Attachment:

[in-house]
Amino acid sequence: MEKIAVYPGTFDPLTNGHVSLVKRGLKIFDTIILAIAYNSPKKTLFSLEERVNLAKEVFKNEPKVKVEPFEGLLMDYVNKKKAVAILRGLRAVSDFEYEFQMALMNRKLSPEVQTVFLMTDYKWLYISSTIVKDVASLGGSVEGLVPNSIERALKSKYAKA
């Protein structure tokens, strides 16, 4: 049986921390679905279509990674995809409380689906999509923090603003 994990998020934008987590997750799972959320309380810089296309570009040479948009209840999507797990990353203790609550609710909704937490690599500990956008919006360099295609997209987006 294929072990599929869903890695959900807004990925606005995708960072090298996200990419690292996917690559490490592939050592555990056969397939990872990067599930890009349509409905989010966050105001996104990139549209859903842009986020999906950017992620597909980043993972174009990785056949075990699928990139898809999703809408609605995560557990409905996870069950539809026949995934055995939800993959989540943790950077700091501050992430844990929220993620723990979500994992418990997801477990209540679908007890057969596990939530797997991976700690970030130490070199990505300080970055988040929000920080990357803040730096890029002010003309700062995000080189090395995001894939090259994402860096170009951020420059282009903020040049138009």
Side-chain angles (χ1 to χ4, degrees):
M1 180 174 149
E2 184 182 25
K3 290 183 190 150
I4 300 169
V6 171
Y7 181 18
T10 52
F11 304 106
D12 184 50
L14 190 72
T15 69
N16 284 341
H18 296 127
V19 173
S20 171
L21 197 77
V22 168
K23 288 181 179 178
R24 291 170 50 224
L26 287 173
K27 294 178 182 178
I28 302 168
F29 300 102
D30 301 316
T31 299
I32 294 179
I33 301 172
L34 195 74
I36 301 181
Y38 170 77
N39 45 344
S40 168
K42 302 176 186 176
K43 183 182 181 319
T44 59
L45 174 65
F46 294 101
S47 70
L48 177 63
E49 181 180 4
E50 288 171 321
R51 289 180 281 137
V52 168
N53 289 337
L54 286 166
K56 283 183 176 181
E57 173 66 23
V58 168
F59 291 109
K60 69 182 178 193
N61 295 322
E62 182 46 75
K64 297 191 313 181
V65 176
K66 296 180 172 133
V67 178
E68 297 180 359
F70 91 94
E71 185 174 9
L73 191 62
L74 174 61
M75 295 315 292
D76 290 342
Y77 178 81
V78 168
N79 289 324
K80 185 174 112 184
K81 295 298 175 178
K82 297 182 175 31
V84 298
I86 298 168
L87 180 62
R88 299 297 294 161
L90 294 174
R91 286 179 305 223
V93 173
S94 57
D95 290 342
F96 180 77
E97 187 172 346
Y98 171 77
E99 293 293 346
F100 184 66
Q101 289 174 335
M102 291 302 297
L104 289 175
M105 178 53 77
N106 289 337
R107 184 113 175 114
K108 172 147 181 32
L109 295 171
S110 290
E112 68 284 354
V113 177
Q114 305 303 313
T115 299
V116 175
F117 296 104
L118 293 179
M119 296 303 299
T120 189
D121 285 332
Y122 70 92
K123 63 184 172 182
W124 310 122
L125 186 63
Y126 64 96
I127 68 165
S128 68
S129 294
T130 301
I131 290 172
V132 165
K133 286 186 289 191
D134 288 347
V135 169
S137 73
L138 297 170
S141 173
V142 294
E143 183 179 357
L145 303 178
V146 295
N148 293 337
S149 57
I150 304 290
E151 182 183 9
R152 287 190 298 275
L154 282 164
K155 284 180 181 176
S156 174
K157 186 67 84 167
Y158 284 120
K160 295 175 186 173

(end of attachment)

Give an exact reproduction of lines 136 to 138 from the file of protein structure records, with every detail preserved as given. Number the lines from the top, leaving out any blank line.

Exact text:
K157 186 67 84 167
Y158 284 120
K160 295 175 186 173